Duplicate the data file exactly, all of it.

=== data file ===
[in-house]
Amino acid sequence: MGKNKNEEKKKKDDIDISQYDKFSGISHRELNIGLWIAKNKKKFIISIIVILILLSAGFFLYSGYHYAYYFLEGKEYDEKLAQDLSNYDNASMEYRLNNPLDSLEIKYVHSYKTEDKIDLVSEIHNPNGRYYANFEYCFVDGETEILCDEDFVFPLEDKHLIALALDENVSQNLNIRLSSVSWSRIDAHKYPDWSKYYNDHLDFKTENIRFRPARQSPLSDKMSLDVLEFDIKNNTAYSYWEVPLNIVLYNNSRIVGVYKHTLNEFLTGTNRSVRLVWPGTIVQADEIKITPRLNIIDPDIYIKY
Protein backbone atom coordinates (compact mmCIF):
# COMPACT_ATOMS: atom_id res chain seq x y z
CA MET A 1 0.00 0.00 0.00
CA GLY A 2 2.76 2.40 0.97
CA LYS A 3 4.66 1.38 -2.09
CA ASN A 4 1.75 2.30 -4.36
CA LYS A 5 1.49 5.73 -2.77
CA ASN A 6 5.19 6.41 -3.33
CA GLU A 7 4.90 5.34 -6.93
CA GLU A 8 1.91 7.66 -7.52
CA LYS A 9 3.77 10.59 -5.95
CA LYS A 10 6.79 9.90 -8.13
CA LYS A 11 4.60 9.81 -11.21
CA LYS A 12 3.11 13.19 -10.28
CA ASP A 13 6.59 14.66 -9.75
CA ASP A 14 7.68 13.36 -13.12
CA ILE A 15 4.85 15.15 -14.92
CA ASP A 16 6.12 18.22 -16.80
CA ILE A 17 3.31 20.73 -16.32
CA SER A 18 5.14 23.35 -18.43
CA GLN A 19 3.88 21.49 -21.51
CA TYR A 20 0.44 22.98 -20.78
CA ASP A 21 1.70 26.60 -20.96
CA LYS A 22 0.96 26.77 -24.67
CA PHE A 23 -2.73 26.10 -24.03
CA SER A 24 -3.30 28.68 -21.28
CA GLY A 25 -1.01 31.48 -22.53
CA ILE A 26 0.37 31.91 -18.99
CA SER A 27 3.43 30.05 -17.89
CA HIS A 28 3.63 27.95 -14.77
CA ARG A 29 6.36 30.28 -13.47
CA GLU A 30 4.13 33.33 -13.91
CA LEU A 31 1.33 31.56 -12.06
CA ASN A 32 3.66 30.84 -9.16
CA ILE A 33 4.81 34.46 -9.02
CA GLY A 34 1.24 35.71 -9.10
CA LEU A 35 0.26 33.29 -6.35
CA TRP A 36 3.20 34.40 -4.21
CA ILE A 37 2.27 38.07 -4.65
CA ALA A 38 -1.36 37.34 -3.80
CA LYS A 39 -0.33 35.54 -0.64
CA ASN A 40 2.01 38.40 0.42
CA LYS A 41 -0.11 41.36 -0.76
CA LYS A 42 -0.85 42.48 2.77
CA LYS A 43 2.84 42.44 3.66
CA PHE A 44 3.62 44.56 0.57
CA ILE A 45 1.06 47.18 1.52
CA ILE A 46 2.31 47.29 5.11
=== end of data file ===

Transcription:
[in-house]
Amino acid sequence: MGKNKNEEKKKKDDIDISQYDKFSGISHRELNIGLWIAKNKKKFIISIIVILILLSAGFFLYSGYHYAYYFLEGKEYDEKLAQDLSNYDNASMEYRLNNPLDSLEIKYVHSYKTEDKIDLVSEIHNPNGRYYANFEYCFVDGETEILCDEDFVFPLEDKHLIALALDENVSQNLNIRLSSVSWSRIDAHKYPDWSKYYNDHLDFKTENIRFRPARQSPLSDKMSLDVLEFDIKNNTAYSYWEVPLNIVLYNNSRIVGVYKHTLNEFLTGTNRSVRLVWPGTIVQADEIKITPRLNIIDPDIYIKY
Protein backbone atom coordinates (compact mmCIF):
# COMPACT_ATOMS: atom_id res chain seq x y z
CA MET A 1 0.00 0.00 0.00
CA GLY A 2 2.76 2.40 0.97
CA LYS A 3 4.66 1.38 -2.09
CA ASN A 4 1.75 2.30 -4.36
CA LYS A 5 1.49 5.73 -2.77
CA ASN A 6 5.19 6.41 -3.33
CA GLU A 7 4.90 5.34 -6.93
CA GLU A 8 1.91 7.66 -7.52
CA LYS A 9 3.77 10.59 -5.95
CA LYS A 10 6.79 9.90 -8.13
CA LYS A 11 4.60 9.81 -11.21
CA LYS A 12 3.11 13.19 -10.28
CA ASP A 13 6.59 14.66 -9.75
CA ASP A 14 7.68 13.36 -13.12
CA ILE A 15 4.85 15.15 -14.92
CA ASP A 16 6.12 18.22 -16.80
CA ILE A 17 3.31 20.73 -16.32
CA SER A 18 5.14 23.35 -18.43
CA GLN A 19 3.88 21.49 -21.51
CA TYR A 20 0.44 22.98 -20.78
CA ASP A 21 1.70 26.60 -20.96
CA LYS A 22 0.96 26.77 -24.67
CA PHE A 23 -2.73 26.10 -24.03
CA SER A 24 -3.30 28.68 -21.28
CA GLY A 25 -1.01 31.48 -22.53
CA ILE A 26 0.37 31.91 -18.99
CA SER A 27 3.43 30.05 -17.89
CA HIS A 28 3.63 27.95 -14.77
CA ARG A 29 6.36 30.28 -13.47
CA GLU A 30 4.13 33.33 -13.91
CA LEU A 31 1.33 31.56 -12.06
CA ASN A 32 3.66 30.84 -9.16
CA ILE A 33 4.81 34.46 -9.02
CA GLY A 34 1.24 35.71 -9.10
CA LEU A 35 0.26 33.29 -6.35
CA TRP A 36 3.20 34.40 -4.21
CA ILE A 37 2.27 38.07 -4.65
CA ALA A 38 -1.36 37.34 -3.80
CA LYS A 39 -0.33 35.54 -0.64
CA ASN A 40 2.01 38.40 0.42
CA LYS A 41 -0.11 41.36 -0.76
CA LYS A 42 -0.85 42.48 2.77
CA LYS A 43 2.84 42.44 3.66
CA PHE A 44 3.62 44.56 0.57
CA ILE A 45 1.06 47.18 1.52
CA ILE A 46 2.31 47.29 5.11